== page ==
Creating this homespun impression is the Impreza’s best trick. Anyone could be fooled into thinking it a mildly warmed saloon, born to fight it out with tepid Vectras and Mondeos. And it is only when you have run it to the red-line in the early gears, looked in the mirror and seen just how far behind the Integrale lags that you realise that the Impreza, this Impreza at least, was born for rather greater things than it might at first suggest.

Make no mistake, a Subaru Impreza Turbo 2000 is formidably fast, proving an urge that’s not only stronger than that of this fastest of road-going Integrales but one which arrives earlier and lasts longer, too. Side by side you’d never think the Subaru would be quicker but, in the event, it’s not even a contest. There are two factors at play here. Both cars deploy 2-litre, turbocharged, twin-cam 16-valve engines, the Lancia’s noted most for its beautifully smooth manners thanks to its counter-rotating balancer shafts, the Subaru’s for the rasping exhaust note resulting from its flat-four configuration. Of the two, it is the Integrale which is more powerful, providing 215bhp compared to the 208bhp of the Impreza; so you’ll not find the source of the Subaru’s extra urge here.

It’s all in the kerb weight. Bald statistics show the Integrale bludgeoning the scales at a fraction less than 3000lb, while the Subaru, seemingly the bigger car, is fully 500lb lighter. Which means the more powerful Lancia has 159bhp for every tonne of weight while the Impreza provides 186bhp per tonne.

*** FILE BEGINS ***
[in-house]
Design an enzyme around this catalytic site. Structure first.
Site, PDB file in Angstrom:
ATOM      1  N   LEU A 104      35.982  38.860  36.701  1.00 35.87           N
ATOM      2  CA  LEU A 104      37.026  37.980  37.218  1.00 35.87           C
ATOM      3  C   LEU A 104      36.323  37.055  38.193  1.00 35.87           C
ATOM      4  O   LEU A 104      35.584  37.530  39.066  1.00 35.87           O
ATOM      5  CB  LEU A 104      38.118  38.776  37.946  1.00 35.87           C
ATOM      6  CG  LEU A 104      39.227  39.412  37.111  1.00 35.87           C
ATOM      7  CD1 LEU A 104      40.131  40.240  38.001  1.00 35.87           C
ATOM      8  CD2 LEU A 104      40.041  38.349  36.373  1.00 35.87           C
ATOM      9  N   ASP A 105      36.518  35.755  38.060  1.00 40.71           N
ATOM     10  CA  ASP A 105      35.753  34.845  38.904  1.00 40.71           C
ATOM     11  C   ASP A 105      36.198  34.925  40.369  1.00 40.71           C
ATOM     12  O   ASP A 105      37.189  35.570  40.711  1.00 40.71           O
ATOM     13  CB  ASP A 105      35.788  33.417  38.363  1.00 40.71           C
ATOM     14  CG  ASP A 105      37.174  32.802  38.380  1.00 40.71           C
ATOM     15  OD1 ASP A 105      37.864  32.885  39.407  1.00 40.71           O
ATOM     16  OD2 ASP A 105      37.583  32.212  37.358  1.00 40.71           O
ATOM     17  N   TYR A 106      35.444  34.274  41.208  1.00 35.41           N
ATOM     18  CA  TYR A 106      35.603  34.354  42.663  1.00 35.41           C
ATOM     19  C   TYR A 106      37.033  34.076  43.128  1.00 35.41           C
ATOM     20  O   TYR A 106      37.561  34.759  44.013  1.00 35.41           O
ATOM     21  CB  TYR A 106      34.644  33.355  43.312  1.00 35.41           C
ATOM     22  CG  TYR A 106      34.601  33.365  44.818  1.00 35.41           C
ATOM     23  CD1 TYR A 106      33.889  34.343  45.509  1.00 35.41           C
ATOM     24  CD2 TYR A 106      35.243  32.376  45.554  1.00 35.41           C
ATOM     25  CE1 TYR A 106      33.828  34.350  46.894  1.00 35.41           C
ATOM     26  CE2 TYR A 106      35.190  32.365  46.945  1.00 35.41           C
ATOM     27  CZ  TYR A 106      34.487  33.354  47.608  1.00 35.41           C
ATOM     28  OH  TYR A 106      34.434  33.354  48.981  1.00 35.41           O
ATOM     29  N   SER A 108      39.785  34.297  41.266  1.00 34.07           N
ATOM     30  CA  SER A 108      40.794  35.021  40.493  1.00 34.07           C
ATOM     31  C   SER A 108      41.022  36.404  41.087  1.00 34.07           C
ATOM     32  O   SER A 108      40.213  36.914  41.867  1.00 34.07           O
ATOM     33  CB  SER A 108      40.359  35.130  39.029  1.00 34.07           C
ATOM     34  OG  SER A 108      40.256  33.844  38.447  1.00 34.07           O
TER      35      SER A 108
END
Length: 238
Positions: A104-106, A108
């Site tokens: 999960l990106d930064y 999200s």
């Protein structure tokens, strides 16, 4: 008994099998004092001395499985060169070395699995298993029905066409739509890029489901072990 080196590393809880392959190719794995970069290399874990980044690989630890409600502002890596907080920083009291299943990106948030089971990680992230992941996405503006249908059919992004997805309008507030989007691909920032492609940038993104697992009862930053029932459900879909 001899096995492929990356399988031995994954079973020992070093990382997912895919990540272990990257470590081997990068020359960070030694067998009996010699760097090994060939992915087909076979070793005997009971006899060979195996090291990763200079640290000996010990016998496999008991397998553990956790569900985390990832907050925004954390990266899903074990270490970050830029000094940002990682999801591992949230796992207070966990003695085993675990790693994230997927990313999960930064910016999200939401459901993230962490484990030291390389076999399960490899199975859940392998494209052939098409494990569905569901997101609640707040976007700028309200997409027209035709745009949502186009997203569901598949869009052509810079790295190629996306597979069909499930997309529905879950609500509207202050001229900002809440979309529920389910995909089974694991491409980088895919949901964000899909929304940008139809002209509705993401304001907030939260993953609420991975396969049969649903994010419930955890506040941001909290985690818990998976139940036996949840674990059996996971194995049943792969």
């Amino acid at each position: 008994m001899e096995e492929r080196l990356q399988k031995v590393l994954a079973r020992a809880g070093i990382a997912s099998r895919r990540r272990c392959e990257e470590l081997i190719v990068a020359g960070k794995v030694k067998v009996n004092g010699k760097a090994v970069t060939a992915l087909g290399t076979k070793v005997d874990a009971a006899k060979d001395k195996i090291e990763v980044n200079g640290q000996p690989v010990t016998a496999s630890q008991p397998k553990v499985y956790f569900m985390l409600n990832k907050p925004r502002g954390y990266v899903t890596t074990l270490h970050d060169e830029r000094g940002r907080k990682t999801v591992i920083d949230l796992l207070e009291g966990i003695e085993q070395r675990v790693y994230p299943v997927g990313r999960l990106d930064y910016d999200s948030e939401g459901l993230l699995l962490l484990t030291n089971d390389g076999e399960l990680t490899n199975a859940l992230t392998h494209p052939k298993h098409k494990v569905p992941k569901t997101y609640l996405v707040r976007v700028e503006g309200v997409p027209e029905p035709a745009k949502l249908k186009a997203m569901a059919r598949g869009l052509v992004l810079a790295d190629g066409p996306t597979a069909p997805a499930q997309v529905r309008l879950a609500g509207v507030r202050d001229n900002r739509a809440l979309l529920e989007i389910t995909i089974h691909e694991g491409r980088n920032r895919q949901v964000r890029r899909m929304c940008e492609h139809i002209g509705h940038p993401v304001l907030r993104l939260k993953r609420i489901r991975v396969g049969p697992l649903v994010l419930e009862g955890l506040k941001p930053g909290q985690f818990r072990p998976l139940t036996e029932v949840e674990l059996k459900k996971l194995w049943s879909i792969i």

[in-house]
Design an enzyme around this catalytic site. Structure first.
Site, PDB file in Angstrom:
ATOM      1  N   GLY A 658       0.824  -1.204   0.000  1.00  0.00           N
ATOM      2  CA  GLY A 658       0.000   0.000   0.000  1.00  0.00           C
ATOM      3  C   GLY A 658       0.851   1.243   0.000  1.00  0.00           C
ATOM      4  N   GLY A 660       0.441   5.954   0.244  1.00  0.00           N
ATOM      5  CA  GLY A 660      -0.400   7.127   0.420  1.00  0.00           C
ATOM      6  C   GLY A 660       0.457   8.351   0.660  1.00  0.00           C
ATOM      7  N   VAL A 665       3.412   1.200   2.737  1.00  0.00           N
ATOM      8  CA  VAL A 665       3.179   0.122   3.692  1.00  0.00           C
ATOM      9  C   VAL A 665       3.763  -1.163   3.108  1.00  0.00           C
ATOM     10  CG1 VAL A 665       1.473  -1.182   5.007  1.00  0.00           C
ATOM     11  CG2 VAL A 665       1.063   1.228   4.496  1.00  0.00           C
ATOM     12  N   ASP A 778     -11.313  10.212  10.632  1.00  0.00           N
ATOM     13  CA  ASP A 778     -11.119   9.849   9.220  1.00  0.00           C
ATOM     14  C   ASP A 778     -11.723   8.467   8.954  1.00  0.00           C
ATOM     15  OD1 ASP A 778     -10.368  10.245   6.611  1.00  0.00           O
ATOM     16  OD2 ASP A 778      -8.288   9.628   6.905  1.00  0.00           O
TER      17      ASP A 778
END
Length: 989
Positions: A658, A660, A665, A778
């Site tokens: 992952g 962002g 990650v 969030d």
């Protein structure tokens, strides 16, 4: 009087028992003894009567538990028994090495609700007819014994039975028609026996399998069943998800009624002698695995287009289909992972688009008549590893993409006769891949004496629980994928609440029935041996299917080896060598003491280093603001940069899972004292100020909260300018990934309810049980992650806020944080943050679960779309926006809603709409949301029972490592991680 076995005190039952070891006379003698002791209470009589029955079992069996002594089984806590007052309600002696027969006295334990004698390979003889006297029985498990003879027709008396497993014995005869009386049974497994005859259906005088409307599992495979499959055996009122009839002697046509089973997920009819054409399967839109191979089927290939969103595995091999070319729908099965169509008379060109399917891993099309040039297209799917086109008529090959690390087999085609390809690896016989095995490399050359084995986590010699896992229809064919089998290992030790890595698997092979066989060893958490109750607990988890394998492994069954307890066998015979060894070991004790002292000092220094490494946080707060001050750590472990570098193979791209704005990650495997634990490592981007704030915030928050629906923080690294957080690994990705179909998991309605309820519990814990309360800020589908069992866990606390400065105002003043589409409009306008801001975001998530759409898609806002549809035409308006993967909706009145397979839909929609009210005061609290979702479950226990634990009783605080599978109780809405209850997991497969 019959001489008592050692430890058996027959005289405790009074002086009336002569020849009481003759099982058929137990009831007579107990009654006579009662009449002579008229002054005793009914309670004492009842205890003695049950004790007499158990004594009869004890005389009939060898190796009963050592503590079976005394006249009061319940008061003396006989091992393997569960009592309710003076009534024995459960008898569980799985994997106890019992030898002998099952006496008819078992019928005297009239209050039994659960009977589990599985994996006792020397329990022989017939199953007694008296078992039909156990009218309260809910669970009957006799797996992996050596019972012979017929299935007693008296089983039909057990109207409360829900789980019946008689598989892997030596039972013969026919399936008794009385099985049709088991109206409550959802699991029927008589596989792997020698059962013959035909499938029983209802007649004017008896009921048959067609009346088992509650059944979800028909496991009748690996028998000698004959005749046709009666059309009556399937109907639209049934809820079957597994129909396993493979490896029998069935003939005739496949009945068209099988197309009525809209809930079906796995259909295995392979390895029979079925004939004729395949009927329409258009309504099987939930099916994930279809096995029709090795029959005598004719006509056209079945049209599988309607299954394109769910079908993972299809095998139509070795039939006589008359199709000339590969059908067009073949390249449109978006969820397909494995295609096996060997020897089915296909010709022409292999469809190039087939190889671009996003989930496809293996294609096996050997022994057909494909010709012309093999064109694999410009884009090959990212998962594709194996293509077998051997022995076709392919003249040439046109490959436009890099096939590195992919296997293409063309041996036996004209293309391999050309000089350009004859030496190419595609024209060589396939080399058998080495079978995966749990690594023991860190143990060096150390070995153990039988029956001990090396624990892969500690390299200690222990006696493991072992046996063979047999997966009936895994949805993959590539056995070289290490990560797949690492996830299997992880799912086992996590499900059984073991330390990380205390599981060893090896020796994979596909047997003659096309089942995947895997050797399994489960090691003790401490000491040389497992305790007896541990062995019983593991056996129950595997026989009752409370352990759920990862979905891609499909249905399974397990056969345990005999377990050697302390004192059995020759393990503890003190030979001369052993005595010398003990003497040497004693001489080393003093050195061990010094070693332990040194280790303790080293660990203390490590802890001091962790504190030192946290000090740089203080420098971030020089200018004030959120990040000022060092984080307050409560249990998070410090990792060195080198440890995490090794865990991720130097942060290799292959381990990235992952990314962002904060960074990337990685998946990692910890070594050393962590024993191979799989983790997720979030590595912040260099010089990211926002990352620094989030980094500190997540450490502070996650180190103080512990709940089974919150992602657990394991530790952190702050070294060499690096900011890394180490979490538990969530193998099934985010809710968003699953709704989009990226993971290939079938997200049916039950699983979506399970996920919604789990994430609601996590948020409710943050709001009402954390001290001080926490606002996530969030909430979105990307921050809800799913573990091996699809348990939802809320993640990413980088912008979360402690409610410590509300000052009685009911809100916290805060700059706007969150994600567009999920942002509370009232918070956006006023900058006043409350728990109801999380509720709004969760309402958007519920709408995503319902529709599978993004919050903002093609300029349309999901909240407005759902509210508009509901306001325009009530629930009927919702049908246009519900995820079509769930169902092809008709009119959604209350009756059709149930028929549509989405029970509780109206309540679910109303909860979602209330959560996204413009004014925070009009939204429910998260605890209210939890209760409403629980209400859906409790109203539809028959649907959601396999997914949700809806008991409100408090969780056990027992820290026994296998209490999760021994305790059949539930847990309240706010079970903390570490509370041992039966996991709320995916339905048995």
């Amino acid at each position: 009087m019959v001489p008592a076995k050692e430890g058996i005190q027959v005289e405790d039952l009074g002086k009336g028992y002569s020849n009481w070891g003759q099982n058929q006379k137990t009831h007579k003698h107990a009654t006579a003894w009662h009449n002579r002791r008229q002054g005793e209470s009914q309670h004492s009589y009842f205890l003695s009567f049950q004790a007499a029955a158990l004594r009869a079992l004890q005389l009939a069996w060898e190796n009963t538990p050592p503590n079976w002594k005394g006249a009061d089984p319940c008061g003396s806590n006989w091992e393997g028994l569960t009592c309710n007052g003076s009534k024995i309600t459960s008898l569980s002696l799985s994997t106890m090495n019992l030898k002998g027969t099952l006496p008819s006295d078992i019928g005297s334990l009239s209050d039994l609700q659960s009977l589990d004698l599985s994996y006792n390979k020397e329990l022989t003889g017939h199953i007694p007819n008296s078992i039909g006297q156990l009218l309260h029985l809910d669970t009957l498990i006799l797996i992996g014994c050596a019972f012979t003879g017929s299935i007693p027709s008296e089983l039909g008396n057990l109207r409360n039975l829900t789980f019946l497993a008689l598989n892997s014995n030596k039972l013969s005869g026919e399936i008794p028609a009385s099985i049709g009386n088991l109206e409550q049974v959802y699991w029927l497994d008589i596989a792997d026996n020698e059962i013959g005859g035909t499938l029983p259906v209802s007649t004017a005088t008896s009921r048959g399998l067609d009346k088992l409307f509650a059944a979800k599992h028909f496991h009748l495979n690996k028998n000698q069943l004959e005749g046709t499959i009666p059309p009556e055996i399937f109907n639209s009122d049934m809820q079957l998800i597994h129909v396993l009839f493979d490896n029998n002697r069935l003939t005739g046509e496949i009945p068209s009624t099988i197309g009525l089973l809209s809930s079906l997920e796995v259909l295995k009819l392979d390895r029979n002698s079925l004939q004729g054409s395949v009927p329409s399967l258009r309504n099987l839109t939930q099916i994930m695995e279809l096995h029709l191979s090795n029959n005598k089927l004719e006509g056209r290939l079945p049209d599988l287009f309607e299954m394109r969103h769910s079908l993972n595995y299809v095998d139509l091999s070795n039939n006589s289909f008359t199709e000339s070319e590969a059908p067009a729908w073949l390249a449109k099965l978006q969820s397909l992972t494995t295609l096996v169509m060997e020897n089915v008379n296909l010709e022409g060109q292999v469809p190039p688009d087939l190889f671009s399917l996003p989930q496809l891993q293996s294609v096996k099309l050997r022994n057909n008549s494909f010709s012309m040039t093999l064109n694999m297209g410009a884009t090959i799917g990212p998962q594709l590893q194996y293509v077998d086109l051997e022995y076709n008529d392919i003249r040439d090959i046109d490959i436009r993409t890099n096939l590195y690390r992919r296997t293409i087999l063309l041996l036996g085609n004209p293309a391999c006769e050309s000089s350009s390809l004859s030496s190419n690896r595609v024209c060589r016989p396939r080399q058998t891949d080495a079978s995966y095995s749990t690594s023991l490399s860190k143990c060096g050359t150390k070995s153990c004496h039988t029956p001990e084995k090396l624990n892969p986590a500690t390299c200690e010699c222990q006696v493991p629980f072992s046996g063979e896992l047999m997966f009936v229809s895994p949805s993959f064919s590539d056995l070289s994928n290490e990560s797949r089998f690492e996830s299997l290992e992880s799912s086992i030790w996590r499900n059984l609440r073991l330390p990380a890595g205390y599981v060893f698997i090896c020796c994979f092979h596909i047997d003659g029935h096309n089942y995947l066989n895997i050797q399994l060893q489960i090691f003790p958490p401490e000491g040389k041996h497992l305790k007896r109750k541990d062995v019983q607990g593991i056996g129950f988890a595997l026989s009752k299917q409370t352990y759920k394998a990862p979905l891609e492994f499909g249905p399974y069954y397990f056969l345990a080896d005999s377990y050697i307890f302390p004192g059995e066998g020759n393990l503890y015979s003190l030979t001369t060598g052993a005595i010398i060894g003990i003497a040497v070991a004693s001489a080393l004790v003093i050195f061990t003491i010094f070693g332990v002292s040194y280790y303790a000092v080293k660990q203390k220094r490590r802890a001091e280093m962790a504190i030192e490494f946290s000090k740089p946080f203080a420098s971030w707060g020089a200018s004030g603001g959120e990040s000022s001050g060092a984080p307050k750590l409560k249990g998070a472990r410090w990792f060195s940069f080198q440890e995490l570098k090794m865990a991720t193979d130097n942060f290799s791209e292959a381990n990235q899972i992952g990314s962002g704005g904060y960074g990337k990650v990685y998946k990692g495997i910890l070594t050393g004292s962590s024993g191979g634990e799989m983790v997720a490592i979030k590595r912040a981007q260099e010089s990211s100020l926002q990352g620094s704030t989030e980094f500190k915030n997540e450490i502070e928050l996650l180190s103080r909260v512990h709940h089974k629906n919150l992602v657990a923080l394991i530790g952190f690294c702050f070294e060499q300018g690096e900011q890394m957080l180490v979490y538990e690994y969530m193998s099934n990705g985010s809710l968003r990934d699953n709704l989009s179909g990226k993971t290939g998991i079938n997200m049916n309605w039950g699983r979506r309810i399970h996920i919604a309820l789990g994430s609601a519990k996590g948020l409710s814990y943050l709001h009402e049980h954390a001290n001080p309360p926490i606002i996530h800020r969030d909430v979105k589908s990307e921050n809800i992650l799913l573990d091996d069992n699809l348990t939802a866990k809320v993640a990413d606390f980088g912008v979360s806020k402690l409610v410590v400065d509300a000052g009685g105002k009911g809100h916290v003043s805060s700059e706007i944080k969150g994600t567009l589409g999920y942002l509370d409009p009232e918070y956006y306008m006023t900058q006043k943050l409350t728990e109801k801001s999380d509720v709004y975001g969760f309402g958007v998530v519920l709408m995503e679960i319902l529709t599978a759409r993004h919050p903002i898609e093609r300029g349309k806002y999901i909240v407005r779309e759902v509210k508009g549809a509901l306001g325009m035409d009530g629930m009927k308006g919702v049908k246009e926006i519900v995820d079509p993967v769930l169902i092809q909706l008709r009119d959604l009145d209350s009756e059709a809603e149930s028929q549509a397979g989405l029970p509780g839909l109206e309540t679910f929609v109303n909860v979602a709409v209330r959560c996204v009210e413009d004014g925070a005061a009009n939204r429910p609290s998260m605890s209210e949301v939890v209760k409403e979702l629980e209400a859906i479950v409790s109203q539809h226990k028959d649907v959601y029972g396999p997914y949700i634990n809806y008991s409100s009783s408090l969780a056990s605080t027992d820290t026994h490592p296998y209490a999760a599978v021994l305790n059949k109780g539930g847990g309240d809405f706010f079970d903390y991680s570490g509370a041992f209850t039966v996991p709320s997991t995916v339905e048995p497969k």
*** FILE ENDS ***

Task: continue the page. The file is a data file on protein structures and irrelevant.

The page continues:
Which is not to say the Subaru has it all its own way. The Integrale engine, the final development of the twincam engine once found in the Fiat 132, is a fine motor, providing smoother delivery of its torque than the Impreza whose power can come in with a bit of bang if you are not careful with throttle. It also has fractionally the better gearchange though its innately tall and wide ratios suit the turbo engine less well than the broadly shorter-geared Subaru.

So far then, the Impreza has mounted a challenge against the supremacy of the Integrale as unlikely on the road as it has been on the special stage. Corners, however, present a rather different challenge.

The Lancia Integrale has always been famed for its attitude to corners and with good reason. This Evolution model, with its still wider track and stubby 205/45 ZR 16 tyres, propels the legend to rarely seen heights. What is remarkable is the way that it seems to shrug off its weight the moment a corner appears in its path. Any race or rally driver will tell you that a heavy car is a cumbersome car, that weight, mathematically, militates against a car’s ability to change direction and such weight slung out ahead of the front axle is the worst enemy of agility. The Integrale defies this logic. What is extraordinary is how easy it is to drive at supercar speeds with scarcely any effort. Hurtle up to a third gear corner, stab hard at the meatily reassuring brake pedal before turning in and the Lancia will simply flick on to your new course and stay there. The delay you expect from all such nose-heavy hatches as they swing into a comer seems scarcely to exist.

More than this, it will cling to dry bitumen to a point which seems scarcely believable for anything this side of a well-developed, mid-engined supercar and, in the wet, leave all twowheel drive opposition for dead. Perhaps more importantly, the legendary Integrale steering remains as sharp as ever and its responses, once you finally find room to prod safely beyond the limit, are as predictable as you’d wish: it simply pushes its nose wide until you ease off the throttle, then snaps cleanly back into line.

The Impreza is truly humbled in the face of perhaps the most blinding blend of agility and stability yet to set foot on the public road. Drive it hard, use every morsel of its straight-line advantage and, true enough, the Subaru will stay with the Lancia on all bar the most twisting roads and, by conventional standards, you’d have to say it handled well.